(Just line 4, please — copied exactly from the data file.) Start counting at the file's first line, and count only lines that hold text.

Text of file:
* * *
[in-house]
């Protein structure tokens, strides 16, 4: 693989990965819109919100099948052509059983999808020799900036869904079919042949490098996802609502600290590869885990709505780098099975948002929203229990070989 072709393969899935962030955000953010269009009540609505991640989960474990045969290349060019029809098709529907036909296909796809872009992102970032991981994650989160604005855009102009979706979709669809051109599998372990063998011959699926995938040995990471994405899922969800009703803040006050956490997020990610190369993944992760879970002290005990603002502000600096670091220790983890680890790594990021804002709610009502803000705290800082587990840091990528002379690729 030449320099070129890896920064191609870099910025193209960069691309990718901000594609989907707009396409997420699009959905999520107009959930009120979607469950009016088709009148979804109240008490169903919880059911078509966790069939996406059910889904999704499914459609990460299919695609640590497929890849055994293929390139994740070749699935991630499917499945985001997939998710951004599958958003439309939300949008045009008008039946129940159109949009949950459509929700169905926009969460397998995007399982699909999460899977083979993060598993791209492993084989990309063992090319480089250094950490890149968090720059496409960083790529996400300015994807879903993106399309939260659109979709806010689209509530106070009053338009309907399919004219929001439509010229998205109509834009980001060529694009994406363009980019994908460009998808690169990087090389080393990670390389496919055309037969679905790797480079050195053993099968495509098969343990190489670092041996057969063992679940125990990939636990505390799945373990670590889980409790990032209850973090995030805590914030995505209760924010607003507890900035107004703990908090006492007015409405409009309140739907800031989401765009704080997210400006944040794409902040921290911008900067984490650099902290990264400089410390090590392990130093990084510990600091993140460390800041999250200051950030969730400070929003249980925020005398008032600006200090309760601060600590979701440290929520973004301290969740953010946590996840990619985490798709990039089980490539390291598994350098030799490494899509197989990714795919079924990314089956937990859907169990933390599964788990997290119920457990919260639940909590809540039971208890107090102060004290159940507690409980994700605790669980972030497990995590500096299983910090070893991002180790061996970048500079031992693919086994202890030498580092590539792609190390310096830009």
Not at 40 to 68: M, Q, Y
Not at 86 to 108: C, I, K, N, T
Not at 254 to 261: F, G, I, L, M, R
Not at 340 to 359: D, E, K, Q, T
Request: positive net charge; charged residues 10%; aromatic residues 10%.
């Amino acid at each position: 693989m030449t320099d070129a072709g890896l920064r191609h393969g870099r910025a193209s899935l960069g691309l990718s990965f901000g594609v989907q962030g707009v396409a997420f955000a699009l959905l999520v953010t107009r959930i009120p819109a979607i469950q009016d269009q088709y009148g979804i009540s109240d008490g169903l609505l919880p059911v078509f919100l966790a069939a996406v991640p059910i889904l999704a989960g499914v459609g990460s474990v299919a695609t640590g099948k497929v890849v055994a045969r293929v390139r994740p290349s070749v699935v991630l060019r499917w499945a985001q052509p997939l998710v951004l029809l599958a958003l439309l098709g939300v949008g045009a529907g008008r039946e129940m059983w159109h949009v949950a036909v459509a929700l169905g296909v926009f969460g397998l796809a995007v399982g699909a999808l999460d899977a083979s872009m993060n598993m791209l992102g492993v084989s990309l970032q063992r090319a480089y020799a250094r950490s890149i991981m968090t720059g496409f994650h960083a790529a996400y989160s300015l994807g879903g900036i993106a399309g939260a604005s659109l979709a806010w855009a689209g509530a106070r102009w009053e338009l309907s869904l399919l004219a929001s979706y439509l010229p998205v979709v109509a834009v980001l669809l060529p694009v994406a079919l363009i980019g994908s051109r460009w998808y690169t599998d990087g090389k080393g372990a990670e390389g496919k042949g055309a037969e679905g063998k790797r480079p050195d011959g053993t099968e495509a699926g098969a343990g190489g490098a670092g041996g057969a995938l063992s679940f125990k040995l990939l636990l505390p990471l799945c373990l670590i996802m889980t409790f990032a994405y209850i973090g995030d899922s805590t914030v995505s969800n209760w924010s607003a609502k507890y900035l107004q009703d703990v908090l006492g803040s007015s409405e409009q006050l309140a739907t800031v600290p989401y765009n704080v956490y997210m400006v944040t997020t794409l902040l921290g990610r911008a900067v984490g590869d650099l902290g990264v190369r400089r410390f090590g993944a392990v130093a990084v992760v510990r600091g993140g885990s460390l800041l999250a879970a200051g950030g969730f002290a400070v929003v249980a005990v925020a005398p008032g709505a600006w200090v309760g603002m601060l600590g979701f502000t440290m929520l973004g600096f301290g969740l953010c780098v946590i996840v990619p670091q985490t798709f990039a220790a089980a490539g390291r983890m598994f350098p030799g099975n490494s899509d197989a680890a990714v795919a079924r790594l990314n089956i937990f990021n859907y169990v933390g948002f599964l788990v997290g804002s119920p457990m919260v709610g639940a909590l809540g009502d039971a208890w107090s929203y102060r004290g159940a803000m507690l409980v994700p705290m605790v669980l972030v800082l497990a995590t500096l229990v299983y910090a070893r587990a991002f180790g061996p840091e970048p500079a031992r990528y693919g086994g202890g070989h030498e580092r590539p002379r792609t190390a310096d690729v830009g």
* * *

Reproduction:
Not at 86 to 108: C, I, K, N, T